SUNBURY - The banks of the Susquehanna River are loaded with history and natural beauty.
Angela Troutman, owner of Lake Augusta Outfitters in Shikellamy State Park, decided to share some of that history from an unusual spot - her pontoon boat.
Through October, she will captain her pontoon boat for tours called "Haunted Tales and Legends of the Susquehanna River."
Space is limited, though, to just eight people per tour. Registration is first come, first served.
Tours, which cost $20 per person, will be held at 8 p.m. this Tuesday and Sept. 3, Sept. 17 and Oct. 1.
To reserve a seat, call 286-2148.
Victoria Rosancrans, of Spirit Reachers, will join Troutman and give tour takers some legends and tales of the river.
Troutman attended one of Rosancrans' seminars and thought it would be a good idea to merge the two, making for an interesting adventure.
Troutman said Rosancrans will talk about haunted tales and legends of the Hotel Edison, the Blue Hill Hermit and the underground tunnels that were part of the Underground Railroad, among others.
The two have added another twist to the tour to make it interactive.
"We are going to go to different spots and she will have a whole bunch of her gadgets and tools. We are going to see if we can pick up energies." Troutman said.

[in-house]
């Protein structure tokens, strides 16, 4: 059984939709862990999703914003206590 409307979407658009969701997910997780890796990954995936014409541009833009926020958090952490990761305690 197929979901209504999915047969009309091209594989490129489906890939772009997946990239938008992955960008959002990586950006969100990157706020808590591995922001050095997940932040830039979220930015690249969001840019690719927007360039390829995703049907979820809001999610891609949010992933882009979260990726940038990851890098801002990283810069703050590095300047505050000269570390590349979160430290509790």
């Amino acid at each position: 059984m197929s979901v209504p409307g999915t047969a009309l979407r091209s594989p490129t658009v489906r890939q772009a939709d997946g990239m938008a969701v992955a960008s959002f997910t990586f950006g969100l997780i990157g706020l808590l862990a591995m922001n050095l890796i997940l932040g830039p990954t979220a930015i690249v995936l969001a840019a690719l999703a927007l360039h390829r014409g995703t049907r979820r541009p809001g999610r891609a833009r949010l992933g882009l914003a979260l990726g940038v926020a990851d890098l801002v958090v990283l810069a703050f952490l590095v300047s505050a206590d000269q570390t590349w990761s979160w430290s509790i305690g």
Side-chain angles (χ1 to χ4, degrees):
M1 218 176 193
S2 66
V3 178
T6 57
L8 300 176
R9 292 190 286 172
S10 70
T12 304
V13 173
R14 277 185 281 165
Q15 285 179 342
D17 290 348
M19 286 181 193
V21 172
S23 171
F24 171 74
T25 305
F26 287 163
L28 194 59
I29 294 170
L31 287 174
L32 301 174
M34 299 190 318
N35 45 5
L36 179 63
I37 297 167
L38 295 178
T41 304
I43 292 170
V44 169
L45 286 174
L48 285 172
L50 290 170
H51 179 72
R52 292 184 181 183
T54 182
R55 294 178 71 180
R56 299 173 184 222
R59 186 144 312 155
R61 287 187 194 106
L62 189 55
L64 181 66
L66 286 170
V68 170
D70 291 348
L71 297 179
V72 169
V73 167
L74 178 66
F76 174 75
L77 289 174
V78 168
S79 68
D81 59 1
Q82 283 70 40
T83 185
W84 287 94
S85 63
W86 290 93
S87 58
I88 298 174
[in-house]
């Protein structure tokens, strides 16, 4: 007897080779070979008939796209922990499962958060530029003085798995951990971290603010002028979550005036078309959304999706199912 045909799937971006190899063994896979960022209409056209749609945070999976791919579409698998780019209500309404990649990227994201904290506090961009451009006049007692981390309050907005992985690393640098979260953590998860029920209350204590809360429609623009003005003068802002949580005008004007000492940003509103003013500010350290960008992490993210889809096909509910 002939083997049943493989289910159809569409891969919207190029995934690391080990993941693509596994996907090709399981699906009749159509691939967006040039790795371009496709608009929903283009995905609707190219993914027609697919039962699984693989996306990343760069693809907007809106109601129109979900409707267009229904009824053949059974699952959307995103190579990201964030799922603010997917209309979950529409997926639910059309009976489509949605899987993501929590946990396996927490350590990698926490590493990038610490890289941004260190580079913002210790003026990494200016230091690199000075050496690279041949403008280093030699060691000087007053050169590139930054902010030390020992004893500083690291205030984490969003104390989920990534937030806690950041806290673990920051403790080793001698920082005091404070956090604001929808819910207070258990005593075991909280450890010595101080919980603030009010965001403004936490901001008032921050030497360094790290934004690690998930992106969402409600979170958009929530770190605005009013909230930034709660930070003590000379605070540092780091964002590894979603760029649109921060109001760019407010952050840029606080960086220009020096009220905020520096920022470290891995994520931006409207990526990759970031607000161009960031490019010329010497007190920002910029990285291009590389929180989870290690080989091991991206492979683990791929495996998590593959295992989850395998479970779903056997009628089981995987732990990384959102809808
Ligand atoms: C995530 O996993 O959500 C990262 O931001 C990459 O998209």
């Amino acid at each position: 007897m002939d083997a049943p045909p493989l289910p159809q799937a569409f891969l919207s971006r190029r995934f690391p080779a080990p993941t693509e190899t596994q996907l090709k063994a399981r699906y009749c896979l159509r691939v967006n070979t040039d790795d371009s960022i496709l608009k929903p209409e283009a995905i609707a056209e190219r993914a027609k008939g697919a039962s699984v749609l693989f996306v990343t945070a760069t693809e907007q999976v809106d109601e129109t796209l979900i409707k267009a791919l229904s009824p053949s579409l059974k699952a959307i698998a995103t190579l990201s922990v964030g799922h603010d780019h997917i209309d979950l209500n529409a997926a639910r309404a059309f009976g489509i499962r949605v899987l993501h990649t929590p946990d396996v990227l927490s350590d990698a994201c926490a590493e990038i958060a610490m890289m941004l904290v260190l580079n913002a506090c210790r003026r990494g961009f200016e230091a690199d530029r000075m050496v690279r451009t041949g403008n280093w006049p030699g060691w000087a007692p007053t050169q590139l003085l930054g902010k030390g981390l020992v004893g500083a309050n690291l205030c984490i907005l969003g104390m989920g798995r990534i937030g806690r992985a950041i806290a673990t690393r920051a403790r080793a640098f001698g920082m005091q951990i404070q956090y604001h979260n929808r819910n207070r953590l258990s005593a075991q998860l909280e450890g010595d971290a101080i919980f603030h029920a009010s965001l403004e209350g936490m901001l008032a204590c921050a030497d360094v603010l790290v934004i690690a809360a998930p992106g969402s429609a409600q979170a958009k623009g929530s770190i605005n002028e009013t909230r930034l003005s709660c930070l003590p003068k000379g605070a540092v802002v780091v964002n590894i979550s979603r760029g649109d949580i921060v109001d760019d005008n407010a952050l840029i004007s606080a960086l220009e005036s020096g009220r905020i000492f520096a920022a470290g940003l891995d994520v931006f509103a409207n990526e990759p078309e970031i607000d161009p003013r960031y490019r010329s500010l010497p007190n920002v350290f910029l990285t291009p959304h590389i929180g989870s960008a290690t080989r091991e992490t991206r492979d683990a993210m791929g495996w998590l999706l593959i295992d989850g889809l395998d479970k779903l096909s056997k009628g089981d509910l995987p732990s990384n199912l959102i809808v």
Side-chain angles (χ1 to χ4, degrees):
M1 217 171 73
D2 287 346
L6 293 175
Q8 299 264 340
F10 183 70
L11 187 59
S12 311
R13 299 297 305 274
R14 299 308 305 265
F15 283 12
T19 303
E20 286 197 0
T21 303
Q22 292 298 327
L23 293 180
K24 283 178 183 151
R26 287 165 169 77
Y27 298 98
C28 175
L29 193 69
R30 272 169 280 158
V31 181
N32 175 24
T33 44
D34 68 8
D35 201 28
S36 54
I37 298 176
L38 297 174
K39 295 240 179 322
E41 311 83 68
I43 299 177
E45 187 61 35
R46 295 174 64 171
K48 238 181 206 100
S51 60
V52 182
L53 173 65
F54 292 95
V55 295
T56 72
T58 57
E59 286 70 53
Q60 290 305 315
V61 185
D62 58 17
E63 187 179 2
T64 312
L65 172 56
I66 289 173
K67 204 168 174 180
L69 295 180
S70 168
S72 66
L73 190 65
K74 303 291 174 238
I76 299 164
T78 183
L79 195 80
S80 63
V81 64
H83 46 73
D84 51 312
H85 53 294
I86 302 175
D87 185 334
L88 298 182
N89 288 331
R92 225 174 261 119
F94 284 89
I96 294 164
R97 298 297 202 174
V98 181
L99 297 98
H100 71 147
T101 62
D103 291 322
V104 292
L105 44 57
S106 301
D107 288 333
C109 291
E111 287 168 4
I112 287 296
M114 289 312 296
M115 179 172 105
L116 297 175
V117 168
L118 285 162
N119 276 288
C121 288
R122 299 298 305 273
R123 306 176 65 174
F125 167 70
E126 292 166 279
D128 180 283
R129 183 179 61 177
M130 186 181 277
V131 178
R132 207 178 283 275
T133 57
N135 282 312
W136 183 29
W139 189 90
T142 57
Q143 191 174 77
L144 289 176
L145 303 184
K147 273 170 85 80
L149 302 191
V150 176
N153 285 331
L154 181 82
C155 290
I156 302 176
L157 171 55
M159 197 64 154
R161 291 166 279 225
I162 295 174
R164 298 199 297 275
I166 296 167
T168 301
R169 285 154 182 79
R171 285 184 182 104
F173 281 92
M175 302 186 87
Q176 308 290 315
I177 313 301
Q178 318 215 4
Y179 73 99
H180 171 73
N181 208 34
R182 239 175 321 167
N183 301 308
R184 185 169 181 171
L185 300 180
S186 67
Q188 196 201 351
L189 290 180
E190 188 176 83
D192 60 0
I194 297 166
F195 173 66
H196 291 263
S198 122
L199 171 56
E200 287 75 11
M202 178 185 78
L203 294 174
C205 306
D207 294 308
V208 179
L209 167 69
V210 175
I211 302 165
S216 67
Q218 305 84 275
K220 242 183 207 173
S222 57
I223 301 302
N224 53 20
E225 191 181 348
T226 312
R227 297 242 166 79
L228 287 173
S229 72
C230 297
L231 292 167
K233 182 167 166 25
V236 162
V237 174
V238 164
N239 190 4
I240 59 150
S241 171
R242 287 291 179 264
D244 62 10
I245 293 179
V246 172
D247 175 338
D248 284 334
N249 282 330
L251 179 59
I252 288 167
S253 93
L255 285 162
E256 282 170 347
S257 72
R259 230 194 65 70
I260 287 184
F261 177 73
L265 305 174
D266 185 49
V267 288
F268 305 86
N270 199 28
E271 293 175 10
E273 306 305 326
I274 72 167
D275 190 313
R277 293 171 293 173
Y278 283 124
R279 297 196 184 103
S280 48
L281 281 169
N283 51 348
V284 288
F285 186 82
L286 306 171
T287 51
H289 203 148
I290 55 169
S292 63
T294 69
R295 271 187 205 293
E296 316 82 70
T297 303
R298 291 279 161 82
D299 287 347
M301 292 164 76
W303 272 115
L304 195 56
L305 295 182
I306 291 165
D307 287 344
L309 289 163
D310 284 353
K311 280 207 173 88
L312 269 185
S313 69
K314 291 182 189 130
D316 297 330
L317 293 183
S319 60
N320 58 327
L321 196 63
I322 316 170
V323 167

One of those spots will be near the historical society where Chief Shikellamy is buried.
"We will go right up to the bank," Troutman said.
Equipment Rosancrans will have includes a "spirit box, ovulis and mel meter."
The tours are projected to last about an hour and likely will start and end in the dark.
Troutman also started an event called Summer River Historical Tours of the area along the water. She invited Dr. Katherine Faull, professor of German and humanities at Bucknell University, to come and along and share what she knows of the rich history of the area.
Faull discussed Native American life, Chief Shikellamy and stories of the Moravian missionaries who settled there in the 1700s.
Lake Augusta Outfitters also rents jet skis, pontoon boats, kayaks and bikes, Troutman said. Water, gas, snacks, ice cream, bagged ice and supplies for fishing, boating and camping are sold there. She said she also has a towing service for disabled boats.